NASPE/NCAT Sport Injury Resource
There are four main ligaments that stabilize the knee joint. Two ligaments
stabilize the knee from side-to-side movements and are located on either side
of the knee: the medial (inside) collateral (side)
ligament and the lateral (outside) collateral
ligament. Two additional ligaments stabilize the knee joint from front-to-back
movement and are located inside the knee joint. They are called the anterior
(front) cruciate ligament and the posterior
(back) cruciate ligament.
ACL Ligament Injury:
Of all the ligament injuries, the anterior cruciate ligament (ACL)
is commonly the most seriously disrupted ligament in the knee. The ACL is often
torn when someone decelerates and makes a sharp cutting motion or when the knee
is hit from the front when the foot is planted. The athlete will often feel/hear
a “pop” and experience pain. Often other knee joint structures (i.e.,
medial collateral ligament; meniscus) may also be injured when the ACL is injured,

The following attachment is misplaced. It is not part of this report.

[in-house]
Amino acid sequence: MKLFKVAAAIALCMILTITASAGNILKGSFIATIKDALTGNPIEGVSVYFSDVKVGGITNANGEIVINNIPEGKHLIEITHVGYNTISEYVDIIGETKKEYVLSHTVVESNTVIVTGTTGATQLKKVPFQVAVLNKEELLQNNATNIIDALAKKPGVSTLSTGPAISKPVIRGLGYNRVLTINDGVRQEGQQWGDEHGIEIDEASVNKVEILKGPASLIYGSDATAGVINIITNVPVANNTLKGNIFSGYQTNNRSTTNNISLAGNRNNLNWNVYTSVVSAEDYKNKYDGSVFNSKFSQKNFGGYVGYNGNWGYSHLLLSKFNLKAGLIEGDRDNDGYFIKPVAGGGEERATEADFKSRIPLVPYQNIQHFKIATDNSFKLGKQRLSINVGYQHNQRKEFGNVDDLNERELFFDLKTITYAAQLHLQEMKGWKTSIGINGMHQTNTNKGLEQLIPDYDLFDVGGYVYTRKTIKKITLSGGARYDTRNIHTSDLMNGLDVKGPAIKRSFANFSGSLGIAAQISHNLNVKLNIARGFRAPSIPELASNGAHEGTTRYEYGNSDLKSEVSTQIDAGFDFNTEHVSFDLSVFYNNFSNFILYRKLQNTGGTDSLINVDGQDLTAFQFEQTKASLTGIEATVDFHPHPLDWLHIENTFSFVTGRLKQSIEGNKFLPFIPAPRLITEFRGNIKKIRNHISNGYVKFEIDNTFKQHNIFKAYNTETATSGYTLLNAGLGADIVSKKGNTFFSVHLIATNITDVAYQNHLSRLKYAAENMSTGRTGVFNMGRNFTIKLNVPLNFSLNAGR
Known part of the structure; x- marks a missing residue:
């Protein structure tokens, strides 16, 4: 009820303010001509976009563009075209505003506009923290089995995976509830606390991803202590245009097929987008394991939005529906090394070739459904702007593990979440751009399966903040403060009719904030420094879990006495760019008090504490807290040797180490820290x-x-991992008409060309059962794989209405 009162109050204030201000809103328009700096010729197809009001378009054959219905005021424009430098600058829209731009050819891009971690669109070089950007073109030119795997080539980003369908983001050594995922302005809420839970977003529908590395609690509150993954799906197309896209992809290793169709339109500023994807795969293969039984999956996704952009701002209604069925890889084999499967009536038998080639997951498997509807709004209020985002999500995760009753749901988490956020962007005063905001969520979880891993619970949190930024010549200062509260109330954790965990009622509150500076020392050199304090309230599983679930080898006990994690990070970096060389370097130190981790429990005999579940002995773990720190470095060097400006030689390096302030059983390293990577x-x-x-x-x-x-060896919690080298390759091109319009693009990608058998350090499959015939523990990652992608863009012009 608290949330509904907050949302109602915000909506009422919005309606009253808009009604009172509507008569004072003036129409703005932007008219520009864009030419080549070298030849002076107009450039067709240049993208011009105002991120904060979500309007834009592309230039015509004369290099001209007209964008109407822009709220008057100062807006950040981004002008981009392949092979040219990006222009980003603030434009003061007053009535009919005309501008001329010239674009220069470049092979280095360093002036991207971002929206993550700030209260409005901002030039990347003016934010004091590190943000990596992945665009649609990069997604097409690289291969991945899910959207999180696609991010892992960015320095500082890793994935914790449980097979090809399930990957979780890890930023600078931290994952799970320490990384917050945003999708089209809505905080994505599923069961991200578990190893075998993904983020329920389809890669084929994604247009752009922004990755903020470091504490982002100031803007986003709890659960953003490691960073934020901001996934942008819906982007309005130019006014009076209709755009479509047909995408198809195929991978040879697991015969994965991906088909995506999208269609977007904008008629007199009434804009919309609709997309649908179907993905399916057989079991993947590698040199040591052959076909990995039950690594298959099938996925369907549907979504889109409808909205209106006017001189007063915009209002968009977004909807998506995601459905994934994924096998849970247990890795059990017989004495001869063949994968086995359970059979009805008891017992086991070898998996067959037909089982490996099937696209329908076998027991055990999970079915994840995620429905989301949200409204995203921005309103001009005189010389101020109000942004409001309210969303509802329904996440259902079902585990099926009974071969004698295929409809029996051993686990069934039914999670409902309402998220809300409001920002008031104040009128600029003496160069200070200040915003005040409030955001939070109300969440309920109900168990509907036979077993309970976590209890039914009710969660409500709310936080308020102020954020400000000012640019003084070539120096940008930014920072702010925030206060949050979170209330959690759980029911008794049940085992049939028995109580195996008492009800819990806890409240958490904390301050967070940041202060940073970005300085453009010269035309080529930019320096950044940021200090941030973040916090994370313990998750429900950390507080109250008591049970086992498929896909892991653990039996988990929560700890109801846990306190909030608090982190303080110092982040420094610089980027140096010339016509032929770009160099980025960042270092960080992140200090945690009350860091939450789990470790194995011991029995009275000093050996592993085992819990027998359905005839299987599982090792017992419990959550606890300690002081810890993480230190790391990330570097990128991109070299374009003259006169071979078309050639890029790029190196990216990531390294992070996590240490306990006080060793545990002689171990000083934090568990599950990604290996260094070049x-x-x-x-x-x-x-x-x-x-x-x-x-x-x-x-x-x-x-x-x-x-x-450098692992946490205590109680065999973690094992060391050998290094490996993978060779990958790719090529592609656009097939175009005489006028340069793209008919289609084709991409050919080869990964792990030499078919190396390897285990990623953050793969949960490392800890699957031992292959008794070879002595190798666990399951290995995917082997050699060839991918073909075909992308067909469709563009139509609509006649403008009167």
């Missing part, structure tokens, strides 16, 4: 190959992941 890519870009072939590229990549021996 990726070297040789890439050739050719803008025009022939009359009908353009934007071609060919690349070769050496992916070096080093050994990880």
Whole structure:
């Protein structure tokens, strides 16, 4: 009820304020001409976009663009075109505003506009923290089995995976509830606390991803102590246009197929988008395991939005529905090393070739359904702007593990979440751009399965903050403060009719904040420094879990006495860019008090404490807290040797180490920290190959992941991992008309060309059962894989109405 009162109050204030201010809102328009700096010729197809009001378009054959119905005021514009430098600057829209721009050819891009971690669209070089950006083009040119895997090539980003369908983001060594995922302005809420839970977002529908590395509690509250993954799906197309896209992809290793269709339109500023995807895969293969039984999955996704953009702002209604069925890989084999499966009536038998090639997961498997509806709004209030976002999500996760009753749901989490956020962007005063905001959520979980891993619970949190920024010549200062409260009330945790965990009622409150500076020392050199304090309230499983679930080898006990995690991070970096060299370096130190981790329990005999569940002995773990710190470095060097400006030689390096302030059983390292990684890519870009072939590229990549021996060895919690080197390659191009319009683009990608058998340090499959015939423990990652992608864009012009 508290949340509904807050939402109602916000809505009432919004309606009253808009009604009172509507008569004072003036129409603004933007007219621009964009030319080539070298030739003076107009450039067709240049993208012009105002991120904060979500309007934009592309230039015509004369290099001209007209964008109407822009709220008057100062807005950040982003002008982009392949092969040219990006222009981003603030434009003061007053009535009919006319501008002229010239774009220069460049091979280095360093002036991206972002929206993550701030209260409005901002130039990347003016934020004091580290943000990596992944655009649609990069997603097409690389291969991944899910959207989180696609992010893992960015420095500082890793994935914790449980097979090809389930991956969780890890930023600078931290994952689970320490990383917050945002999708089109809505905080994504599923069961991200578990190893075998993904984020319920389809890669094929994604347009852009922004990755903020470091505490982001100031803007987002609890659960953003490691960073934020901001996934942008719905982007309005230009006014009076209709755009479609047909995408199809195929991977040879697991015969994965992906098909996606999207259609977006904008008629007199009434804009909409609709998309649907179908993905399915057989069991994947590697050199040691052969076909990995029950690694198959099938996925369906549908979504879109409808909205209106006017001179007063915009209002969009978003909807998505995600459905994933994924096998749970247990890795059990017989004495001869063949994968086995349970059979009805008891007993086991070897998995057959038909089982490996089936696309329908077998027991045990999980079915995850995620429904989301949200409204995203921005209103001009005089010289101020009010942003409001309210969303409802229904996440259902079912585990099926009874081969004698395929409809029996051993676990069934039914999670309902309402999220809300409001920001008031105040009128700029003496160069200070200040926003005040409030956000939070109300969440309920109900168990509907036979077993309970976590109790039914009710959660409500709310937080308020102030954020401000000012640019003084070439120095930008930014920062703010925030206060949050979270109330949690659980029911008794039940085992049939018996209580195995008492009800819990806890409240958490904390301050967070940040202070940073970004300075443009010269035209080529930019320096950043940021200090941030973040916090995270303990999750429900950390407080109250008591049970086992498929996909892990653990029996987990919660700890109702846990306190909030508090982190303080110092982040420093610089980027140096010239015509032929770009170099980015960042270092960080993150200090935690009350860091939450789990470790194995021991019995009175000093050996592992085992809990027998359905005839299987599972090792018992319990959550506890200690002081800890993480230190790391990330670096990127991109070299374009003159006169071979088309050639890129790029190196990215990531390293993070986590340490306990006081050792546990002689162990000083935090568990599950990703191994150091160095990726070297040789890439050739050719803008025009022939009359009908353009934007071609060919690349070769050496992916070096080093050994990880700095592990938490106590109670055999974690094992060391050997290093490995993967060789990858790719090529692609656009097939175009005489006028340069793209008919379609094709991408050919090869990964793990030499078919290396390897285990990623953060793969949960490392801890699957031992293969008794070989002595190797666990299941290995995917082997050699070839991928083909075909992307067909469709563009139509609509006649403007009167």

thus making the knee unstable.
The medial collateral ligament (MCL) and lateral collateral ligament (LCL) are
injured when the knee joint receives a blow from either side of the
knee, especially when the same foot is planted on the ground. The ligament
on the opposite side of the blow is the ligament injured. Example:
When an opponent falls onto the outside knee of a player, the inside ligament
(MCL) receives the stress. If the stress is greater than the ligament can handle,
the ligament becomes sprained or torn.
Treatment of Ligament Injuries:
It is important for the knee injury to be seen by an athletic trainer or team
physician as soon as possible in order for joint structures to be tested. It
is more difficult to test for knee joint damage when swelling is allowed to
develop. If you are not able to have a qualified person test the knee, apply
the R.I.C. E. principle and transport the athlete to a physician for proper
diagnosis and care.
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